Saturday, September 18, 2021

By Derrick White

Back in the late eighties, I attended Cedar Valley College just south of downtown Dallas. It was there I met the crazy, Cajun, art teacher, Randy Brodnax, who I have credited many times with inspiring me to become an artist myself. He was the first adult I ever encountered having fun. Not just occasional game night, weekend, or vacation fun. This guy was at work and having the time of his life. It was amazing, unpredictable, and very entertaining. The second part of my art education at Cedar Valley came from the distinguished and disciplined Linda Ridgway. It was early in her teaching career, and she taught with expertise, seriousness, and with a reverence for art. All traits I did not possess at the time and of the three I have still barely developed one. I have a few distinct memories from this time and the hours spent in her classroom receiving her instruction and guidance. She will never truly know how much of an impression she has had on me, and I have tried to pay it forward to the students I have had the pleasure of teaching. 

One Spring semester, I was enrolled in Ridgway’s Design I (a basic 2-D composition art course), and my friend, Paul, had taken her Design I class the previous Fall. He had turned in an incomplete and poorly executed color wheel project and received a D. I had the bright and deceitful idea of Paul giving me his old project. I cleaned up some of the edges and completed the missing spectrum colors and turned the color wheel in as my own. I received a D.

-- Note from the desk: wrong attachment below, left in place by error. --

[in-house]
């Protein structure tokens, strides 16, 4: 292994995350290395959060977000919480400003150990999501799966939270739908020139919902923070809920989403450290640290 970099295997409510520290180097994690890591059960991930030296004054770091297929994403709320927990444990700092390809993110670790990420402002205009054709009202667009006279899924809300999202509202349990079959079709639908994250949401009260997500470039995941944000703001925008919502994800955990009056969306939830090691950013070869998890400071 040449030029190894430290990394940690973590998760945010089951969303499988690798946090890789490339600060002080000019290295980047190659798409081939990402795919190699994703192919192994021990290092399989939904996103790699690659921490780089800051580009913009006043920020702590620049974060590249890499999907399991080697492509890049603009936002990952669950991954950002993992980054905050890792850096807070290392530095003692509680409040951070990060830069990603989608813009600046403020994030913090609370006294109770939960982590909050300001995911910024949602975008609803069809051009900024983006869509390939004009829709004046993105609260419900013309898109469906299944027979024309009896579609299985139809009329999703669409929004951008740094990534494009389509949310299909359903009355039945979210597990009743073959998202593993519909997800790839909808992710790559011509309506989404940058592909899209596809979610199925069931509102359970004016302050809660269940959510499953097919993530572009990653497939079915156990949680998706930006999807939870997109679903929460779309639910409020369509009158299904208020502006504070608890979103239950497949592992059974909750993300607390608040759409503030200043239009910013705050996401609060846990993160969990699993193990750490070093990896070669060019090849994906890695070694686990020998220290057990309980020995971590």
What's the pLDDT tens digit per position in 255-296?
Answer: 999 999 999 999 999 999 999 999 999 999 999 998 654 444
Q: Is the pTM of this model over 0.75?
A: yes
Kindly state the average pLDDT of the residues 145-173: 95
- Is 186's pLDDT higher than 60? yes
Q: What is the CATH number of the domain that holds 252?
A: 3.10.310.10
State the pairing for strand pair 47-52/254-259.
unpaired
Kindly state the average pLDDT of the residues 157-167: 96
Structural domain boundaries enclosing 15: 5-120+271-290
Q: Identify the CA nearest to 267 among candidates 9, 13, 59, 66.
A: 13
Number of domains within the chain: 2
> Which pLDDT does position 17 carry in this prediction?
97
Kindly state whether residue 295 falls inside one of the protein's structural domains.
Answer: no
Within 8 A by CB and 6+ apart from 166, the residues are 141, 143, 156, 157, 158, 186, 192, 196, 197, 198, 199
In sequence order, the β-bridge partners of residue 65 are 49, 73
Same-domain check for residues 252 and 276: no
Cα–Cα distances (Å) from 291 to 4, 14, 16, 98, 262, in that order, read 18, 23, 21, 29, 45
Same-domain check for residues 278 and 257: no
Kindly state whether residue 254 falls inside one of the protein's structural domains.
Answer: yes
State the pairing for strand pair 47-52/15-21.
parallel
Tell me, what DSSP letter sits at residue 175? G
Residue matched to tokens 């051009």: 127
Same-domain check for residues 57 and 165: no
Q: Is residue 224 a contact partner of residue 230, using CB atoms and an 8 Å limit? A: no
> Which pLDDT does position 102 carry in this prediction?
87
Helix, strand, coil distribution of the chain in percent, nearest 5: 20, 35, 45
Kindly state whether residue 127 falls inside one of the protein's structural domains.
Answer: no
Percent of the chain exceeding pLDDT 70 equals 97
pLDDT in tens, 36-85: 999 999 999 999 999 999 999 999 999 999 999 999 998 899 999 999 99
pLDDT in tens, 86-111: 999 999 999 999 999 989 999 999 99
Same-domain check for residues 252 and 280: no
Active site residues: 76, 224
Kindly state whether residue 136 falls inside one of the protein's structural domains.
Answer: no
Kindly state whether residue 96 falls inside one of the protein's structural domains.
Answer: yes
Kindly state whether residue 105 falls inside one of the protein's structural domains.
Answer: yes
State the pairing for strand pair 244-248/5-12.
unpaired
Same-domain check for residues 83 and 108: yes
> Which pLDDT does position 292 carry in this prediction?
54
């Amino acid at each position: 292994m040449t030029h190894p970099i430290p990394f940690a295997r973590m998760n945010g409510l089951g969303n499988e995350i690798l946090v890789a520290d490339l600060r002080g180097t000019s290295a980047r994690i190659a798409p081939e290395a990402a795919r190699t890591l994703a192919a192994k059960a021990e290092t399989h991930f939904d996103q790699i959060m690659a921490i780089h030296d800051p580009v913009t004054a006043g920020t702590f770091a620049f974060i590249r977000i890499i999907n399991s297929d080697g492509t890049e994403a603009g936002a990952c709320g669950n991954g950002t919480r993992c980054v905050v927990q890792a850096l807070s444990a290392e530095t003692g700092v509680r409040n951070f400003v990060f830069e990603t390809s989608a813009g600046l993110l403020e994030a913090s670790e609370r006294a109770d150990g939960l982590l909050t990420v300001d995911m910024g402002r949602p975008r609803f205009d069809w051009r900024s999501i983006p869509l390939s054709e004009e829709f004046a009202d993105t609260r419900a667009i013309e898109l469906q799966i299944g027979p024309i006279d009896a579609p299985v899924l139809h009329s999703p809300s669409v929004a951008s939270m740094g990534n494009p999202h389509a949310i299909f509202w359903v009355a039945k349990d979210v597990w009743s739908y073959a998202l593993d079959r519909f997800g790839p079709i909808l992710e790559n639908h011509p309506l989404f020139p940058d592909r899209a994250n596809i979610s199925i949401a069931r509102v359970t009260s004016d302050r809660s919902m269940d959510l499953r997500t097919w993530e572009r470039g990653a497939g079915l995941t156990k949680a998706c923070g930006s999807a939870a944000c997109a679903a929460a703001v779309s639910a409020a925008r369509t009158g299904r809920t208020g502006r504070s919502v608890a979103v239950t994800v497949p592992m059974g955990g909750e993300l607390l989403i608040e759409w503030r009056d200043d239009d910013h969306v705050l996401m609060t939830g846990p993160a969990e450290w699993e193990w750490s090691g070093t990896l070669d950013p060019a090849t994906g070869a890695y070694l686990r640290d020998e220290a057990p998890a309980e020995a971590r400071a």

While working on a complimentary color assignment, breaking the work into four panels, I had three panels of still life objects and one black panel containing only the small image of an egg. Professor Ridgway came by my table and critiquing the piece stated, “This comes easy for you, doesn’t it?” This one seemingly inconsequential question has been a source of inspiration and confidence I have pulled from again and again for the last thirty-five years. It’s not true. It does not come easy for me but the small fact she could believe it did has assured my aspirations as an artist, especially when her standards are so high.

When Paul was in Linda Ridgway’s class my other friends and I had a break between classes and would hang out and visit in the student center above the cafeteria. Paul would duck out of class during his studio time to come to hang out with us. Professor Ridgway, noticing Paul was gone, would come looking for him. She knew we were all friends so she would find us in the lounge and ask if we had seen him. We said no and could tell she was frustrated. Meanwhile, Paul would be hiding on the backside of a column just out of sight until she left.

One cannot expend this woman’s patience, we’ve tried. “From first and last lines, to the River Ouse: Works by Linda Ridgway” will be on display through August 29, 2021, at the Tyler Museum of Art. Her work is mind-blowingly beautiful, patient, methodical, precise, captivating, and has a true veneration for subject, materials, and content. I give it a D.

Just kidding, this is an A + exhibition through the roof.